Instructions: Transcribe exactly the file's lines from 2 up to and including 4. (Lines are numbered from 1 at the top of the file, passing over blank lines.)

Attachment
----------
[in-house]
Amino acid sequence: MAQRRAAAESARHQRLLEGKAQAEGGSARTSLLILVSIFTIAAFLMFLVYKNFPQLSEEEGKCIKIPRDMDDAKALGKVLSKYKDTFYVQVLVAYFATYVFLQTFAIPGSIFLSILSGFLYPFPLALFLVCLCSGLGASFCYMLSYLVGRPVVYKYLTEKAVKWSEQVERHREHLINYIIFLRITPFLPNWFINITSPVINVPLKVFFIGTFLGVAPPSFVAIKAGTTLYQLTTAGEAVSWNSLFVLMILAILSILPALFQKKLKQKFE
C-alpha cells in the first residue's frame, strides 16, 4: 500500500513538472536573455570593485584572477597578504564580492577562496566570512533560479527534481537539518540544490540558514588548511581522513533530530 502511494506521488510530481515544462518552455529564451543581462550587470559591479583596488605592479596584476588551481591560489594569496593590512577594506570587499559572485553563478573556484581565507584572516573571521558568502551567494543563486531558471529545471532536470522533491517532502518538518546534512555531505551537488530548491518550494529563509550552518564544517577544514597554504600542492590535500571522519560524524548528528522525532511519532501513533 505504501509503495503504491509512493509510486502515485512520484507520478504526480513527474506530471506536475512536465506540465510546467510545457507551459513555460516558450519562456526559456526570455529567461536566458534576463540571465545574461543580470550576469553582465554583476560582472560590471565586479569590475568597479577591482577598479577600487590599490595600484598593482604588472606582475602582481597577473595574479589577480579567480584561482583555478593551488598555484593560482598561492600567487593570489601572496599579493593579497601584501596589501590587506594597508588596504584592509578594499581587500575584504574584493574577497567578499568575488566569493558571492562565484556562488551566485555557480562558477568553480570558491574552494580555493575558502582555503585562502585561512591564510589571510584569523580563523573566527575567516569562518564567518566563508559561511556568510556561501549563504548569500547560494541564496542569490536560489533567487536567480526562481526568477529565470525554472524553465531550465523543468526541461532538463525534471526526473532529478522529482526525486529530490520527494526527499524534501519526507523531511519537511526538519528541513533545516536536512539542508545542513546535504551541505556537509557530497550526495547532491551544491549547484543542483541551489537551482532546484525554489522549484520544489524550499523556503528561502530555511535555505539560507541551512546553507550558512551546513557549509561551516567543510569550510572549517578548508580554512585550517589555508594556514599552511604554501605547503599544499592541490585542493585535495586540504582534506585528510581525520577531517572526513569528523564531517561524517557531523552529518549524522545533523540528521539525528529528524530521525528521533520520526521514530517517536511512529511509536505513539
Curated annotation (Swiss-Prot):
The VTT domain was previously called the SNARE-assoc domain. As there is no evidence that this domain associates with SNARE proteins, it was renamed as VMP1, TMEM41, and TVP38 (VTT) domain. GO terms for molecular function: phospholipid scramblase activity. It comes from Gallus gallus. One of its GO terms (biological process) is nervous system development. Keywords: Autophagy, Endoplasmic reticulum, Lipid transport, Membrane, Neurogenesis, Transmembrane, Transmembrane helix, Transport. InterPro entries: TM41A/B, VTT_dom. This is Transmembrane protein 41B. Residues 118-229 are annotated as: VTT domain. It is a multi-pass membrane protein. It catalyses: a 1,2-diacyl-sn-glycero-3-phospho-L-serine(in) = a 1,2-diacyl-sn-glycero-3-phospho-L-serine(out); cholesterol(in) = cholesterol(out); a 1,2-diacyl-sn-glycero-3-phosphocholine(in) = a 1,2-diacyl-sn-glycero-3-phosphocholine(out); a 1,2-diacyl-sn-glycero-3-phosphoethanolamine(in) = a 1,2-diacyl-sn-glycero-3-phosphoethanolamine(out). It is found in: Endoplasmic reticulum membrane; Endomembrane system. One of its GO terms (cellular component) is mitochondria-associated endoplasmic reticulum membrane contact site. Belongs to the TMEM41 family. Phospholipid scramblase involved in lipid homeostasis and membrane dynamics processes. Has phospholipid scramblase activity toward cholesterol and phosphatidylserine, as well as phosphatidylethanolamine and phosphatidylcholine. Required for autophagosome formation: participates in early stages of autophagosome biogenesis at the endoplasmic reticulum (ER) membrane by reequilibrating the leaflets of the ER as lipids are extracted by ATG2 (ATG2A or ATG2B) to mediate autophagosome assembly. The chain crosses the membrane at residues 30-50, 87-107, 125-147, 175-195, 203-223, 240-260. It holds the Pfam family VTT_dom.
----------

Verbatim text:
Amino acid sequence: MAQRRAAAESARHQRLLEGKAQAEGGSARTSLLILVSIFTIAAFLMFLVYKNFPQLSEEEGKCIKIPRDMDDAKALGKVLSKYKDTFYVQVLVAYFATYVFLQTFAIPGSIFLSILSGFLYPFPLALFLVCLCSGLGASFCYMLSYLVGRPVVYKYLTEKAVKWSEQVERHREHLINYIIFLRITPFLPNWFINITSPVINVPLKVFFIGTFLGVAPPSFVAIKAGTTLYQLTTAGEAVSWNSLFVLMILAILSILPALFQKKLKQKFE
C-alpha cells in the first residue's frame, strides 16, 4: 500500500513538472536573455570593485584572477597578504564580492577562496566570512533560479527534481537539518540544490540558514588548511581522513533530530 502511494506521488510530481515544462518552455529564451543581462550587470559591479583596488605592479596584476588551481591560489594569496593590512577594506570587499559572485553563478573556484581565507584572516573571521558568502551567494543563486531558471529545471532536470522533491517532502518538518546534512555531505551537488530548491518550494529563509550552518564544517577544514597554504600542492590535500571522519560524524548528528522525532511519532501513533 505504501509503495503504491509512493509510486502515485512520484507520478504526480513527474506530471506536475512536465506540465510546467510545457507551459513555460516558450519562456526559456526570455529567461536566458534576463540571465545574461543580470550576469553582465554583476560582472560590471565586479569590475568597479577591482577598479577600487590599490595600484598593482604588472606582475602582481597577473595574479589577480579567480584561482583555478593551488598555484593560482598561492600567487593570489601572496599579493593579497601584501596589501590587506594597508588596504584592509578594499581587500575584504574584493574577497567578499568575488566569493558571492562565484556562488551566485555557480562558477568553480570558491574552494580555493575558502582555503585562502585561512591564510589571510584569523580563523573566527575567516569562518564567518566563508559561511556568510556561501549563504548569500547560494541564496542569490536560489533567487536567480526562481526568477529565470525554472524553465531550465523543468526541461532538463525534471526526473532529478522529482526525486529530490520527494526527499524534501519526507523531511519537511526538519528541513533545516536536512539542508545542513546535504551541505556537509557530497550526495547532491551544491549547484543542483541551489537551482532546484525554489522549484520544489524550499523556503528561502530555511535555505539560507541551512546553507550558512551546513557549509561551516567543510569550510572549517578548508580554512585550517589555508594556514599552511604554501605547503599544499592541490585542493585535495586540504582534506585528510581525520577531517572526513569528523564531517561524517557531523552529518549524522545533523540528521539525528529528524530521525528521533520520526521514530517517536511512529511509536505513539
Curated annotation (Swiss-Prot):